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Old 12-23-2003, 08:27 PM   #6
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Running the site itself or PASV ports on 1024 is not a good idea.

Move it away from this port # (up much higher) and ensure the PASV range doesnt cross over the site access port #

Use 1200-2200 or something, as ports round 1024 are often used by the OS.


Your particular problem is usually caused by a user without administrative rights trying to write raw sockets or lock exclusive addresses (not sure which ioftpd would be doing to cause this error).

If you already have admin rights then To fix this, you will need to

Open Control Panel | Administrative Tools | Local Security Policy, select Local Policies and then User Rights Assignment from the tree "Act as part of OS" should be the second entry on the right hand pane of the control Panel. Add the user account for ioftpd to this list.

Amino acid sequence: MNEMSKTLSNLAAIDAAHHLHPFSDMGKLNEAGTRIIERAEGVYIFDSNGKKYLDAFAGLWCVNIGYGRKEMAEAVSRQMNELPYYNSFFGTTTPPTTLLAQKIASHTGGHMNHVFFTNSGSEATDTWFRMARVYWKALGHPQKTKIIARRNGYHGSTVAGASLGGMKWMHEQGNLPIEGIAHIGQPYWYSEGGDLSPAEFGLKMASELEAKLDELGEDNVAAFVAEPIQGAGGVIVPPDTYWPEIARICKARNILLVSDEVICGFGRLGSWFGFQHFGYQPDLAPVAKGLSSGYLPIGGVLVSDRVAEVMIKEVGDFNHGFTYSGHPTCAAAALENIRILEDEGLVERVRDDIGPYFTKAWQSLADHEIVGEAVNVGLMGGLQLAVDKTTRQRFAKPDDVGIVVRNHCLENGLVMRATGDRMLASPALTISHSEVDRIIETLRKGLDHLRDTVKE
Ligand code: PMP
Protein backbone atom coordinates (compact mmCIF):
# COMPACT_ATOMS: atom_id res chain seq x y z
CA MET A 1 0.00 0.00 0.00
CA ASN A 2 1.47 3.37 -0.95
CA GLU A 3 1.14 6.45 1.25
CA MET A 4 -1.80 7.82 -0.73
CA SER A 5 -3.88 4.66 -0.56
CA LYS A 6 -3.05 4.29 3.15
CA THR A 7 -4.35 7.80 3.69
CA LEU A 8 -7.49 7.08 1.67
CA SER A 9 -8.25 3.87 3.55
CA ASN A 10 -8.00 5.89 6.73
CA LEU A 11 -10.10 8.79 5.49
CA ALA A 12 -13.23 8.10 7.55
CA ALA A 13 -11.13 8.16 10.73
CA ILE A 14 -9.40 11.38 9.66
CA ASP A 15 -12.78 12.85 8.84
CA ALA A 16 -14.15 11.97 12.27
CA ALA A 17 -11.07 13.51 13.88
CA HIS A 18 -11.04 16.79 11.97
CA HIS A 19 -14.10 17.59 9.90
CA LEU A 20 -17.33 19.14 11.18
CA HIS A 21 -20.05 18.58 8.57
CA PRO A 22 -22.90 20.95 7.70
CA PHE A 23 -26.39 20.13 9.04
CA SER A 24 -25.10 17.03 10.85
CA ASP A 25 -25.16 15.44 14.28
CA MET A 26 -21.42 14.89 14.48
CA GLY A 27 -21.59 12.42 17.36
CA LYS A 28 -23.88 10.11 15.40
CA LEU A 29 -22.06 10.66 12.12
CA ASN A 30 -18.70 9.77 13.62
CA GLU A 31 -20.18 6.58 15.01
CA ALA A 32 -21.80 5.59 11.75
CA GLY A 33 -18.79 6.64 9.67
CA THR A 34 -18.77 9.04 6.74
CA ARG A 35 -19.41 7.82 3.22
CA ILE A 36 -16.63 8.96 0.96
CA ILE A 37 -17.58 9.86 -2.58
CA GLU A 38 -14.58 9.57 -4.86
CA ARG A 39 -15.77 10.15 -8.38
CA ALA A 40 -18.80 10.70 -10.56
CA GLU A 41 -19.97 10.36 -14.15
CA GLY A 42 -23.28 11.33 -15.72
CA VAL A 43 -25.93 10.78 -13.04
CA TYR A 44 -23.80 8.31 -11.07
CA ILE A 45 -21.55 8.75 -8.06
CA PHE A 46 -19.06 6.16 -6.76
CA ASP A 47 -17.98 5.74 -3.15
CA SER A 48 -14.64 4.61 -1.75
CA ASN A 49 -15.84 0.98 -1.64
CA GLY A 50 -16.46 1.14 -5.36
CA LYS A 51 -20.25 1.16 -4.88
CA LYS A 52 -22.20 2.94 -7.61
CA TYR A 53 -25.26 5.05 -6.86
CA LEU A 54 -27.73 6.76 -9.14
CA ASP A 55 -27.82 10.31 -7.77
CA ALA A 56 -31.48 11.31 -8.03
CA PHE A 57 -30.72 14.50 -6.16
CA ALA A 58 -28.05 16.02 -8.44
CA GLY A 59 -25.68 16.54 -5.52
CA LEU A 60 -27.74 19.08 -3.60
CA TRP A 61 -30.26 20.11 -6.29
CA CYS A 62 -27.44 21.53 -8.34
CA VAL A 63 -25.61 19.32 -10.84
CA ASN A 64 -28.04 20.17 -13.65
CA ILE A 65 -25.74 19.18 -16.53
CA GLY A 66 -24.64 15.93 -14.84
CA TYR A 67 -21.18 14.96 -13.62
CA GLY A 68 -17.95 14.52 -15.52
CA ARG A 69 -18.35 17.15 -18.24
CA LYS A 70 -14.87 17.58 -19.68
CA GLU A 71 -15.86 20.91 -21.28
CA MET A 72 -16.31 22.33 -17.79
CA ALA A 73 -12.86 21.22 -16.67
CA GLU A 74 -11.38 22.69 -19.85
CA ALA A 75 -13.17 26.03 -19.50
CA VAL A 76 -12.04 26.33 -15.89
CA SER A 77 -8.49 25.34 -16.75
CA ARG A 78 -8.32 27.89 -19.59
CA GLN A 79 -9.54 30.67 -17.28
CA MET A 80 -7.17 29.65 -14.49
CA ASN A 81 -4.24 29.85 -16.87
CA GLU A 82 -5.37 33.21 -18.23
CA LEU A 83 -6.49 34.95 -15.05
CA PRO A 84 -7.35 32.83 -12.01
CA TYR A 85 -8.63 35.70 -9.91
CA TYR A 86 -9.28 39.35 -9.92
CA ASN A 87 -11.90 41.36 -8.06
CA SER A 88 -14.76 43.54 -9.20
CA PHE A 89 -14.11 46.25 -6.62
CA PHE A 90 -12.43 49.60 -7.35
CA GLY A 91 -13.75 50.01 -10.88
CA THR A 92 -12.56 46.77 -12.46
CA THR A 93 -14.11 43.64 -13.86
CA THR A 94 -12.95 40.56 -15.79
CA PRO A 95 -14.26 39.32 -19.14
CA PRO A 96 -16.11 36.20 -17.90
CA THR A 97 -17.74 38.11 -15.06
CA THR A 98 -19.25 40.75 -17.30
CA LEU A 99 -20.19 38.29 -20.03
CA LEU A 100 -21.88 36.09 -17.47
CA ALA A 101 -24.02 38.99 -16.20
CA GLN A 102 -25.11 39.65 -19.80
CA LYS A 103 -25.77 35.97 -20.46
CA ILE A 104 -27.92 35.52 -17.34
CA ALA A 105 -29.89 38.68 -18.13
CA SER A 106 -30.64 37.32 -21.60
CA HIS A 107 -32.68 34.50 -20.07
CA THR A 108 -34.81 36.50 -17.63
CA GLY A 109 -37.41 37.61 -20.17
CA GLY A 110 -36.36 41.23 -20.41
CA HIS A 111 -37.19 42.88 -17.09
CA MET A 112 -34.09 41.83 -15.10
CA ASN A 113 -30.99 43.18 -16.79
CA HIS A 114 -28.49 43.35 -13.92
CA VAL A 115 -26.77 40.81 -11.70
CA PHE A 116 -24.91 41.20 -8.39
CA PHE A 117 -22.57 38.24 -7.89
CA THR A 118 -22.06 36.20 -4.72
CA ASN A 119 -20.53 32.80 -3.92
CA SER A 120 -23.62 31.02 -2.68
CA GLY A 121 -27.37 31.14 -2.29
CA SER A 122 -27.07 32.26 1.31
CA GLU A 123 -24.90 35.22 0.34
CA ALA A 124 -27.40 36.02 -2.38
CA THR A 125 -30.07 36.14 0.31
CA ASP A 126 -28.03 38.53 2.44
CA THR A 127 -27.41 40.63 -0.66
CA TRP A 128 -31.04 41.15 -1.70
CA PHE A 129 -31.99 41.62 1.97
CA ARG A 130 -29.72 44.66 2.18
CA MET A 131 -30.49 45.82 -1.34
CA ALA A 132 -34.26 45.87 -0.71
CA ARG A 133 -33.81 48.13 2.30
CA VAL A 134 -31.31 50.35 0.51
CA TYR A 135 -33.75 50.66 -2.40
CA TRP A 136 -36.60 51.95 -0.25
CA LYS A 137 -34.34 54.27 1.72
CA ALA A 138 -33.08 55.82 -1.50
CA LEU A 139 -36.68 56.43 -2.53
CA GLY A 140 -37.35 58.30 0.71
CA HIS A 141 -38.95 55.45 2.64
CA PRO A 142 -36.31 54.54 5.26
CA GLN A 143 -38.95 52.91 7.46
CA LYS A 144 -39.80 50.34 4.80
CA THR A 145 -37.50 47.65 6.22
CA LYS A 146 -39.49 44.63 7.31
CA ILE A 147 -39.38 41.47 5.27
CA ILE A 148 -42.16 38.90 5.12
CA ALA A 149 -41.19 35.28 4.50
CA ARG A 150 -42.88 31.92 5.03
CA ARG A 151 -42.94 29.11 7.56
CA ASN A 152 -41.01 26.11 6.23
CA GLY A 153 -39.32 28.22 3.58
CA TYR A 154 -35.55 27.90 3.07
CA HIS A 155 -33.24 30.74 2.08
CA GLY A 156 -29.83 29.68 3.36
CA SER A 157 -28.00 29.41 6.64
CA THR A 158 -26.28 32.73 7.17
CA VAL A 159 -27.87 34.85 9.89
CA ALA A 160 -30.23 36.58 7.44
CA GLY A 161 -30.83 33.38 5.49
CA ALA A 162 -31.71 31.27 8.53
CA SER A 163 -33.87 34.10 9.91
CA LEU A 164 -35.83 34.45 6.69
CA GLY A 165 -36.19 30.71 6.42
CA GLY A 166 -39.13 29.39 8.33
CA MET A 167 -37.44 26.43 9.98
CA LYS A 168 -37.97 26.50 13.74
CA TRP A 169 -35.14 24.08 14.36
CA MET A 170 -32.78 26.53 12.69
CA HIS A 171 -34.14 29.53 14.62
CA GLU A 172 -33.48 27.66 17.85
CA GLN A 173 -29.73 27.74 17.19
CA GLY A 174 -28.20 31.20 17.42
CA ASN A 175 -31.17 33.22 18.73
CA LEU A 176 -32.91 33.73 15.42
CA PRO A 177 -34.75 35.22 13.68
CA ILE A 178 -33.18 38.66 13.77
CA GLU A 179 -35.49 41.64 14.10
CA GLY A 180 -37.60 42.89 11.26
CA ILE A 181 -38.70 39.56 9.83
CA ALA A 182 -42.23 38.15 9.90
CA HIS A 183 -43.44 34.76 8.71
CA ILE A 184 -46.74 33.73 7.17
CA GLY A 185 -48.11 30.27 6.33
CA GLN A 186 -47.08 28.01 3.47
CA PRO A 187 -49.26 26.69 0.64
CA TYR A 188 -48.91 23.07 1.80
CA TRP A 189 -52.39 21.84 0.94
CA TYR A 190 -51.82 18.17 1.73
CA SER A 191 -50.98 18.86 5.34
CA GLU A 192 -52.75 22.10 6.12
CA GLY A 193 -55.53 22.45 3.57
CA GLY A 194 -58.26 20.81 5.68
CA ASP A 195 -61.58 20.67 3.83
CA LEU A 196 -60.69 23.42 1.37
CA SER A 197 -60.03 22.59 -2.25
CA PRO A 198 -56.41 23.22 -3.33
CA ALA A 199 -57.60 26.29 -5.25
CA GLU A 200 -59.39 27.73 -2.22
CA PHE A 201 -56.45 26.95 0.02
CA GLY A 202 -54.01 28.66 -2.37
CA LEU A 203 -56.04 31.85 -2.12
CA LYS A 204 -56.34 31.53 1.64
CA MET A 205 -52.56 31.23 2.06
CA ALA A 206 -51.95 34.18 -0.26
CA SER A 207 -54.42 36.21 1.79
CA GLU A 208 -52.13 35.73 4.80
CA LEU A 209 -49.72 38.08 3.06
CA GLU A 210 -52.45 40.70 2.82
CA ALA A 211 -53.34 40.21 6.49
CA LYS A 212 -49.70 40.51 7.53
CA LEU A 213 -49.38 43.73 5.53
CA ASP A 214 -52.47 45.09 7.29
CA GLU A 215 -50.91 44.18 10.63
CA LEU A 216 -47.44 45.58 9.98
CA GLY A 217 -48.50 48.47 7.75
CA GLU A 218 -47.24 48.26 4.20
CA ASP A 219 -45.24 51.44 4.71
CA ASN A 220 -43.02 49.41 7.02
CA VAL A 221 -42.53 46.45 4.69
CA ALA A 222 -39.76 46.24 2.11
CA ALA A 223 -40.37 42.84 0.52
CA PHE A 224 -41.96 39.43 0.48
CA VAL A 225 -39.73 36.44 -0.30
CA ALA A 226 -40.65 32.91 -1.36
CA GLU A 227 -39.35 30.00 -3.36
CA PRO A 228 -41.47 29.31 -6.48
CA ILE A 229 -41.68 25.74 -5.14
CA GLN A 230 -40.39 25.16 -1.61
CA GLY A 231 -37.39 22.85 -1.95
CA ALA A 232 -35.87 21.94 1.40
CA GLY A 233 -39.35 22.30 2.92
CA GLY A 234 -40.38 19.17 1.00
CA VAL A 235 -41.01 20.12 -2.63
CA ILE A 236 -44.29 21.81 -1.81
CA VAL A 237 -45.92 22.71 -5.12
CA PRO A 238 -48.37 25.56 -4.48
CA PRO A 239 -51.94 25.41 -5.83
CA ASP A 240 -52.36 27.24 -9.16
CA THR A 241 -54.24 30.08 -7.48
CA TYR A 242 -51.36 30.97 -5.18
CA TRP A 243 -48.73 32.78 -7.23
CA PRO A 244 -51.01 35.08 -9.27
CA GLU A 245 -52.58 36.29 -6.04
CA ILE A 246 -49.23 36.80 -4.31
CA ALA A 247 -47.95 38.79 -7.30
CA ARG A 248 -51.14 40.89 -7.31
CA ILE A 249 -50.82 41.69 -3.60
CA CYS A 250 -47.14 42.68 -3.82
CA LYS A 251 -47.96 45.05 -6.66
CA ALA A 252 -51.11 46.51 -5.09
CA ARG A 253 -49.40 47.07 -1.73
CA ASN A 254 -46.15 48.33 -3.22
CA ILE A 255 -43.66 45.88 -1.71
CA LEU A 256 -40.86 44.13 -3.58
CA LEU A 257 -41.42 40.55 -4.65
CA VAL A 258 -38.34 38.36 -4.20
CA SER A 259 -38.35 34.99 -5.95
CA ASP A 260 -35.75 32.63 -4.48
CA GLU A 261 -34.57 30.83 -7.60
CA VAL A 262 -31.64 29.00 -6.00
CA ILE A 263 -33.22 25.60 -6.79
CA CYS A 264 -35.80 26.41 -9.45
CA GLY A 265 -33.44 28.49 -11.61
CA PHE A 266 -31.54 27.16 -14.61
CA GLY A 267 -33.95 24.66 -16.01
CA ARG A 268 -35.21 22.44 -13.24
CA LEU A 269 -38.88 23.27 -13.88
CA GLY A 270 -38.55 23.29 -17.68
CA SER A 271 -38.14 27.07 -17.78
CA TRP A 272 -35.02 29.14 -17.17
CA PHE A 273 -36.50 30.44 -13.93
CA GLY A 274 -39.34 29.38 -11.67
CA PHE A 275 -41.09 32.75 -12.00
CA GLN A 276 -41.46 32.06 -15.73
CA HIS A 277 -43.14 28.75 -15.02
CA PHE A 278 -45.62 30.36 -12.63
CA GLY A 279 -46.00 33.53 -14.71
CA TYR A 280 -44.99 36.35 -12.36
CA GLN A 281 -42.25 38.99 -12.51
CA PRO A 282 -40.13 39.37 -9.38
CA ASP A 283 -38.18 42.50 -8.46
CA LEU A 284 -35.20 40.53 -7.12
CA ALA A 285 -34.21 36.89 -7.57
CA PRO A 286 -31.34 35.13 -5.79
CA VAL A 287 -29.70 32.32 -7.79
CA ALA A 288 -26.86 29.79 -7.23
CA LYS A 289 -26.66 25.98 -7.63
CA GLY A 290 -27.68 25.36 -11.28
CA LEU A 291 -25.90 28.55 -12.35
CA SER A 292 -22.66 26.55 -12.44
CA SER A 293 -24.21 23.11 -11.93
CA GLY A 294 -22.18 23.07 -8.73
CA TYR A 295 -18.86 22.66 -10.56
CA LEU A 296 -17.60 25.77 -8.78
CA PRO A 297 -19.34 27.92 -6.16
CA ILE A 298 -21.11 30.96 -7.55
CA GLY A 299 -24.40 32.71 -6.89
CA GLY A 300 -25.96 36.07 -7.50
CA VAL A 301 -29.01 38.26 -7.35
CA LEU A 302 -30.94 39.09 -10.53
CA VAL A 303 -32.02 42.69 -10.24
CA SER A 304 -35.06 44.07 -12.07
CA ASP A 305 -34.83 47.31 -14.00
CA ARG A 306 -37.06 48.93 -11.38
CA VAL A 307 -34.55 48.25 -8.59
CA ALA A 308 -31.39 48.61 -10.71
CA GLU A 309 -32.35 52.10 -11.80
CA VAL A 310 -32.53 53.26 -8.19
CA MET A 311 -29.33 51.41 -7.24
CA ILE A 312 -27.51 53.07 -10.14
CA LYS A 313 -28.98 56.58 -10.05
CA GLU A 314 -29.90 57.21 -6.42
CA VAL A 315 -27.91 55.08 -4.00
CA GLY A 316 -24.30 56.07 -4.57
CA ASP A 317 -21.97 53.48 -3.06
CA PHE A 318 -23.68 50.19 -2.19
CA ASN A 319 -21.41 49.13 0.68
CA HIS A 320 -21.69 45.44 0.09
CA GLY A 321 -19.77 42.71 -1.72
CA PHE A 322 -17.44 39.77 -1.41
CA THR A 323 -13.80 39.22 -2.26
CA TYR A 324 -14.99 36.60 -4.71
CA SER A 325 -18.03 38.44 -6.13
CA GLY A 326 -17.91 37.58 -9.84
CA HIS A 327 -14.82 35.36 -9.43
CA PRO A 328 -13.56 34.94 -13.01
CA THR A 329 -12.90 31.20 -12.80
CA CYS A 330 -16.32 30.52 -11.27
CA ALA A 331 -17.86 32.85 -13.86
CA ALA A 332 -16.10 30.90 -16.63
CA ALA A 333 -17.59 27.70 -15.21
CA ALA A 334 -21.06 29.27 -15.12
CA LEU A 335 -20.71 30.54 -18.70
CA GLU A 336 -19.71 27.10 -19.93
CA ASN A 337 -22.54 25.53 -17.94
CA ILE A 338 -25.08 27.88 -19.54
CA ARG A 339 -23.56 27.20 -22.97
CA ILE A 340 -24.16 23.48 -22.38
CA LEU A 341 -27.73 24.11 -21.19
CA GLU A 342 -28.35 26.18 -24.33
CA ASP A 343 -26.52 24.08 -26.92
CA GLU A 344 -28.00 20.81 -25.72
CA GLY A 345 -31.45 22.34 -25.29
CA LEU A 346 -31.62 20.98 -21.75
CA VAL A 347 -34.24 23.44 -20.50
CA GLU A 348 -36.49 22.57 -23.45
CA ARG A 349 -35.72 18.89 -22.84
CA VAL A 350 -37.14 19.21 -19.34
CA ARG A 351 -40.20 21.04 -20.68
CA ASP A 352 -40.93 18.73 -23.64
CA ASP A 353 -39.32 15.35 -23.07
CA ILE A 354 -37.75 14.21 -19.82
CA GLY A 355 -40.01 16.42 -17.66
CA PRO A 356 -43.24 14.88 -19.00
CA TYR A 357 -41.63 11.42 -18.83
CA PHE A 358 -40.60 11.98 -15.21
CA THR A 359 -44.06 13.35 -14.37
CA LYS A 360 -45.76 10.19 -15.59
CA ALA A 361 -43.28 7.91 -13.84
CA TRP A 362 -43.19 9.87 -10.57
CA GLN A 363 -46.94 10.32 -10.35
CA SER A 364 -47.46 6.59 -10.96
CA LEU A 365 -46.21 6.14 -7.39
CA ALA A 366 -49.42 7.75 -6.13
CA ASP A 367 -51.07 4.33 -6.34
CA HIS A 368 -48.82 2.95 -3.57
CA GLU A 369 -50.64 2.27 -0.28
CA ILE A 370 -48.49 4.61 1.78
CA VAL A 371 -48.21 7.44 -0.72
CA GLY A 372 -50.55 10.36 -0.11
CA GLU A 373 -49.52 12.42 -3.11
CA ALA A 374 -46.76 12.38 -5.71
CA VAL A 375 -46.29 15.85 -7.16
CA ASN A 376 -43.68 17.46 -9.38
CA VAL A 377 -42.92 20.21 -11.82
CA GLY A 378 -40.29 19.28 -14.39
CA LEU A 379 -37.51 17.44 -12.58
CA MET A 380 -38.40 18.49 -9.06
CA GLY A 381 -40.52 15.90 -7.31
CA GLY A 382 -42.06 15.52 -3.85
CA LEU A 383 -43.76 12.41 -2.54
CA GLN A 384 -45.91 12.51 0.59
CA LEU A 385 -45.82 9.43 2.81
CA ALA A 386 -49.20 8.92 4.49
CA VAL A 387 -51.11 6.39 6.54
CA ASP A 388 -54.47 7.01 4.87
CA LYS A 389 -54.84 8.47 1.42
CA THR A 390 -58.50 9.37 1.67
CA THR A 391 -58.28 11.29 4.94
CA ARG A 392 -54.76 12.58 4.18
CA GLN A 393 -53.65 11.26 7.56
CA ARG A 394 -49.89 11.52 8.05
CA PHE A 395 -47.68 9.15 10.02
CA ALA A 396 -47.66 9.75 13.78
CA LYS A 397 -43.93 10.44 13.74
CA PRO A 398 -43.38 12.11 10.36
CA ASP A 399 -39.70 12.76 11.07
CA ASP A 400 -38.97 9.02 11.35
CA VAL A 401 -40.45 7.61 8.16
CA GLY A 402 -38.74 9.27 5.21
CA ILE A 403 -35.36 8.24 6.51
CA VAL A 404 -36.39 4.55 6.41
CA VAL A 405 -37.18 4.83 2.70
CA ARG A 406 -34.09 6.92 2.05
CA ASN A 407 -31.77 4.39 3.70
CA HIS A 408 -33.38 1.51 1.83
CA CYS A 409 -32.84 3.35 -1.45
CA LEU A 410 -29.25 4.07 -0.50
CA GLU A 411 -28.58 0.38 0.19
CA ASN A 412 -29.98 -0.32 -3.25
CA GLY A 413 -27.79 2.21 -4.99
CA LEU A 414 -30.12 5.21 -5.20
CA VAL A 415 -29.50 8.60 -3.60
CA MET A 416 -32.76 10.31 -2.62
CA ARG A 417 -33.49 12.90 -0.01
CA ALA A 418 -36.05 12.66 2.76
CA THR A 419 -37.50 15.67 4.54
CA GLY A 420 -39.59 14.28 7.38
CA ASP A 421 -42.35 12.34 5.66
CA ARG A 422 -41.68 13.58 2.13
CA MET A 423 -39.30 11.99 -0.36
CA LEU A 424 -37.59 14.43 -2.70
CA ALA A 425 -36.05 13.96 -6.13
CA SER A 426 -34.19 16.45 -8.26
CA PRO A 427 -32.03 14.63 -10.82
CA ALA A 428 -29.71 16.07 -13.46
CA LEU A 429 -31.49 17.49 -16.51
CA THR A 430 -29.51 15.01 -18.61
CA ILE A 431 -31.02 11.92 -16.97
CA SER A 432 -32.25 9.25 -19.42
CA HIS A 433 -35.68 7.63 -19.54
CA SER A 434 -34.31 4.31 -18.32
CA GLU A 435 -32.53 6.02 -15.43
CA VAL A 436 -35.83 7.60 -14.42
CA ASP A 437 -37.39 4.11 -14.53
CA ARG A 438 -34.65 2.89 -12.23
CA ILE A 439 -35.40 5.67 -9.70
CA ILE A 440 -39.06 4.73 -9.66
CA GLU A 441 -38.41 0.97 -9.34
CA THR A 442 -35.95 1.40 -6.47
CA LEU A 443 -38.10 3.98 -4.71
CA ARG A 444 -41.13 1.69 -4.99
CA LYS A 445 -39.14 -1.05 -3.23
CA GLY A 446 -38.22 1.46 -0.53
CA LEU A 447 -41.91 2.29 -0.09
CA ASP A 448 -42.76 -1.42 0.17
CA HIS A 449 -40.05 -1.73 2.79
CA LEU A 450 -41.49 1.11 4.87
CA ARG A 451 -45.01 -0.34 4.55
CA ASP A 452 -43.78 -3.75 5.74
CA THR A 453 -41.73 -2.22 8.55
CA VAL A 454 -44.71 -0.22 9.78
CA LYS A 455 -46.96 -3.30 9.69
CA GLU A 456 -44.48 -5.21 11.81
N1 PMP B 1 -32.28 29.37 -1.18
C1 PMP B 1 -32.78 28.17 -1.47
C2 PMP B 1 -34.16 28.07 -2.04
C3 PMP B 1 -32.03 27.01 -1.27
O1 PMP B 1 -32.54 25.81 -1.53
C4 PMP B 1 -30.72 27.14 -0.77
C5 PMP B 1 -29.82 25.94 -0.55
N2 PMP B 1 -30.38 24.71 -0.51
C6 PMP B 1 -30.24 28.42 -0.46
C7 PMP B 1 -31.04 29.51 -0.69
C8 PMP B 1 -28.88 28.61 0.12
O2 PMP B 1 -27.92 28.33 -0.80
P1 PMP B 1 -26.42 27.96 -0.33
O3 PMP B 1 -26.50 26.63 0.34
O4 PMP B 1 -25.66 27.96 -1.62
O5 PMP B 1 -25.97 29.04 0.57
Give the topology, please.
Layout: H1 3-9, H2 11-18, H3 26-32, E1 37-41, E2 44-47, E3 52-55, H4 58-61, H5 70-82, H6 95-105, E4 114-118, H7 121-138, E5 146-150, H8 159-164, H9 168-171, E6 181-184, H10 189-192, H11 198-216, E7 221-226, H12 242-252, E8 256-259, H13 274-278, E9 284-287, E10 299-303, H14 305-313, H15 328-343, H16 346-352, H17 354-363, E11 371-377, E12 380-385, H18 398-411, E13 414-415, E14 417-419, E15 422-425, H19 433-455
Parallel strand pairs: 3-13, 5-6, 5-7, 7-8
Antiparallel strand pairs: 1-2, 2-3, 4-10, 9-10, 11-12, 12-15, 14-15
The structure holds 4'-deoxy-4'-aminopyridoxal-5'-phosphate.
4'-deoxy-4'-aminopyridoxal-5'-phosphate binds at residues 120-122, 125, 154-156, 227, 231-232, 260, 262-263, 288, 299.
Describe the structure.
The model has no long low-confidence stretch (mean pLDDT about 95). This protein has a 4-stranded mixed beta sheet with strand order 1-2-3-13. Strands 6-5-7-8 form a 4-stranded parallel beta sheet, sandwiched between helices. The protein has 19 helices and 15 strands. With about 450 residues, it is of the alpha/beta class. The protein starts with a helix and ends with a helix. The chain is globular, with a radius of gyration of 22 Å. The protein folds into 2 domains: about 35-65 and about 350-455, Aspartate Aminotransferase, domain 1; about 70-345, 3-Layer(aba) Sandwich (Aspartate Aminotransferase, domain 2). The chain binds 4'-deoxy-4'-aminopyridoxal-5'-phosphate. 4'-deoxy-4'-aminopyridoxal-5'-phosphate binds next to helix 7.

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Old 12-25-2003, 10:24 AM   #7
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Do u start ioftpd.exe as an administrator user ?
a normal user can't open ports < 1024, as dark mentionned.
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Old 12-25-2003, 01:00 PM   #8
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yeah as user in local admins group. but its ok already, the local policy settings helps. thanks richto
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Old 12-07-2004, 05:17 PM   #9
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On Windows 2003 this is a bug that is fixed in release candidate 1 for SP1:

Smart TCP port allocation